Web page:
screw tops2 - Getting some closure

Could US wine drinkers finally be ready to embrace screw-caps?

In the UK and Australia, getting consumers to accept screw-cap closures turned out to be rather less problematic than the wine industry dared to imagine. In the USA, cork is still the closure of choice, but there are signals that screw-caps are gradually shaking off their downmarket image.

The numbers are still against screw-caps, however. Two thirds of regular wine drinkers in the USA are card-carrying fans of cork, with just over two in 10 happy to buy wine with screw-caps. Even synthetic corks are more popular, just about.

There are several reasons why cork should retain such high approval ratings, many of them discussed in the new Closures Report USA, published by Wine Intelligence. One is that wine drinking is not yet a mainstream consumer activity in the USA: fewer than 40% of American adults drink wine at least once a month, compared to more than 70% in the UK and Australia. For consumers who regard wine as an occasional treat, popping a cork remains a big part of the ceremony.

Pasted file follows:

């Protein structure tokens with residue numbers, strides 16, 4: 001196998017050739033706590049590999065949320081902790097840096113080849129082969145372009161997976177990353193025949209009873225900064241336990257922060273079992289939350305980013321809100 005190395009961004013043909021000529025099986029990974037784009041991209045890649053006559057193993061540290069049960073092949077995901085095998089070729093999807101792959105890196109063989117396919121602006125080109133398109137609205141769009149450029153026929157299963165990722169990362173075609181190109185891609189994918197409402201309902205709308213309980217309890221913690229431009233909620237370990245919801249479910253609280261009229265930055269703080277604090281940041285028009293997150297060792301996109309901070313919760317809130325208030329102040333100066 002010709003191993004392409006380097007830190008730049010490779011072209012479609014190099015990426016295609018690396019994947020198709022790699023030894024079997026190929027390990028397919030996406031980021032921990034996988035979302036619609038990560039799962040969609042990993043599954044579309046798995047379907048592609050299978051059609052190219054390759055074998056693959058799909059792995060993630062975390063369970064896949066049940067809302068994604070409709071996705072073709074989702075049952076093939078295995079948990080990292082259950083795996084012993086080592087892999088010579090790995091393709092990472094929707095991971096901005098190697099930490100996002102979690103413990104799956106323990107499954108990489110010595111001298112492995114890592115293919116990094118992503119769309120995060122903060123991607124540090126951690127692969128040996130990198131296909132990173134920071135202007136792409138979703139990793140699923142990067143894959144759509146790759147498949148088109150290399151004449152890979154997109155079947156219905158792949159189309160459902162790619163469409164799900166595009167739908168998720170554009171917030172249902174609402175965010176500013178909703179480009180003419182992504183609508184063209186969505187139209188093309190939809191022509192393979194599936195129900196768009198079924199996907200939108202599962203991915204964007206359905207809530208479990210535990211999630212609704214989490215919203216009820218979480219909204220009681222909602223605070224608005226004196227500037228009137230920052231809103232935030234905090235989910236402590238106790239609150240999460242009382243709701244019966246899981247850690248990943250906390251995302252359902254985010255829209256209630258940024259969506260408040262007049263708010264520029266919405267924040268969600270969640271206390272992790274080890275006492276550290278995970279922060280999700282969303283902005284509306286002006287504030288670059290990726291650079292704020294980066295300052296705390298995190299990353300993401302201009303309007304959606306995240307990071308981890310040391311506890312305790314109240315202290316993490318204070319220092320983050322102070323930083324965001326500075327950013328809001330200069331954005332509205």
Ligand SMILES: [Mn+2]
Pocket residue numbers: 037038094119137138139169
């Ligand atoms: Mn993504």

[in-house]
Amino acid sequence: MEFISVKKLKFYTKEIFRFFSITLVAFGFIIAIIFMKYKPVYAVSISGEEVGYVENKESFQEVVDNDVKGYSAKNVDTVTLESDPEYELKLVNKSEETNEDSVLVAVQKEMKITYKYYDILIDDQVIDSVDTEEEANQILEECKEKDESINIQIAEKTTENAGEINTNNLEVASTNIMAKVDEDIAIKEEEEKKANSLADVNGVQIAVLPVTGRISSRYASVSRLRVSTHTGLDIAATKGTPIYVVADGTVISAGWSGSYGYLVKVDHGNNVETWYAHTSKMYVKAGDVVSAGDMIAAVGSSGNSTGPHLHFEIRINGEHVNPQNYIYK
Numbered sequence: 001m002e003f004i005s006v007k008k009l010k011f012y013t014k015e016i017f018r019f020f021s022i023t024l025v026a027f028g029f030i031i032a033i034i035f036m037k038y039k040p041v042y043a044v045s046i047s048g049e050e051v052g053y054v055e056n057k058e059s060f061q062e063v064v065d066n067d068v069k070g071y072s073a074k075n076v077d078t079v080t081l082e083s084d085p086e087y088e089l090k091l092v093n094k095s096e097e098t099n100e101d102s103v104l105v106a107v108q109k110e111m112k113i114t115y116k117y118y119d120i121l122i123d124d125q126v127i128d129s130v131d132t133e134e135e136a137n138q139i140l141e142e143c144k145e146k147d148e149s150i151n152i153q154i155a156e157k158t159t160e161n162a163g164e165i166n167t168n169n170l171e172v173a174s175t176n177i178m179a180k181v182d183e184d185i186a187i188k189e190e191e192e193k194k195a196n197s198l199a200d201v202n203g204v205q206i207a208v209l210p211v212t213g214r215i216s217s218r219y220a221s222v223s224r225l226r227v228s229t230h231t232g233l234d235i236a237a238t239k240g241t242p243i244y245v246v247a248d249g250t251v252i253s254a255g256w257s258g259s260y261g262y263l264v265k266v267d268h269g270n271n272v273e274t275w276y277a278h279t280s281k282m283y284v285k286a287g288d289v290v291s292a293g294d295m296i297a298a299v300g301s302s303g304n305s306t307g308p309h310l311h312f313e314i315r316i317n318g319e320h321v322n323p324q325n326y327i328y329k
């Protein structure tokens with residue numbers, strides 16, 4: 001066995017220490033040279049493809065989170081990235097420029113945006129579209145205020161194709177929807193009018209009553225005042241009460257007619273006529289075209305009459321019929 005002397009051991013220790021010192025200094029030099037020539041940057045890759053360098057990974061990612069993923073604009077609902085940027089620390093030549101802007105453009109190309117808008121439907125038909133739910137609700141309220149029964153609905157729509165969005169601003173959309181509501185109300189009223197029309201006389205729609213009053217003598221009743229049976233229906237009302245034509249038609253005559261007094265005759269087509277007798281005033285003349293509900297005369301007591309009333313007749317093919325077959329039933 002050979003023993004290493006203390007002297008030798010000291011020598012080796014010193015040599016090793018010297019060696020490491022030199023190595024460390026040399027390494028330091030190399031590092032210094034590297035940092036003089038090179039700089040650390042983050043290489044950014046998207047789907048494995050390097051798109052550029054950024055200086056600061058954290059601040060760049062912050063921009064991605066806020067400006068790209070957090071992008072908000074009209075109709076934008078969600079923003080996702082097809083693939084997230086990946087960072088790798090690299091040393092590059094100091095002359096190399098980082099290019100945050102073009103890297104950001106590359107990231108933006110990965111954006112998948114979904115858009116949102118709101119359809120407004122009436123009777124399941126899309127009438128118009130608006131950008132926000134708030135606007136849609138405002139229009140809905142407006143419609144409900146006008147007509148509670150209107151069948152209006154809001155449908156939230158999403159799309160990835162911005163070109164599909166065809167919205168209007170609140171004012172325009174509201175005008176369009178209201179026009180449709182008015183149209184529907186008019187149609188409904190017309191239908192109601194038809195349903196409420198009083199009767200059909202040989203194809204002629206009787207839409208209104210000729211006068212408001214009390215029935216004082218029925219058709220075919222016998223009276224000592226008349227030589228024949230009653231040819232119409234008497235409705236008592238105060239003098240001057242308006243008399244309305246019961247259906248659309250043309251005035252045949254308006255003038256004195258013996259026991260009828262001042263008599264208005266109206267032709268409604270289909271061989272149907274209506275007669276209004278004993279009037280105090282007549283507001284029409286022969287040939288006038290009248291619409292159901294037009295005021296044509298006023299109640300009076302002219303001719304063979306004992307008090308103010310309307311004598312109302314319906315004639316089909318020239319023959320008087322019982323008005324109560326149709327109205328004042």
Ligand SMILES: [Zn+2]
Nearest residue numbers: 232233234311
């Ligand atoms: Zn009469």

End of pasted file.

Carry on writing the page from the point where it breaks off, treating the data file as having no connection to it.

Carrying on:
Despite this seeming rejection of screw-caps in the USA, it would be wrong to suggest that Americans are anti-screw-caps. A recent Wine Intelligence survey found that more people buy wines with screw-caps than say they like this type of closure. In fact, more than a third of regular wine drinkers in the USA had bought wines with screw-caps in the preceding four weeks.

It’s true to say that Americans are more likely to dislike screw-caps than real or synthetic corks, but 45% of regular wine drinkers are neutral on the subject. While the other forms of closures have been achieving fairly steady approval ratings over the past five years, there has been a subtle,  but discernible increase in those saying they like screw-caps. It’s risen from 19% to 22%.

Evidence of a revolution? Probably not. But as American consumers begin to shake off perceptions about screw-caps being suitable only for low-quality wine, the closures market in the USA could perhaps become a genuine three-horse race.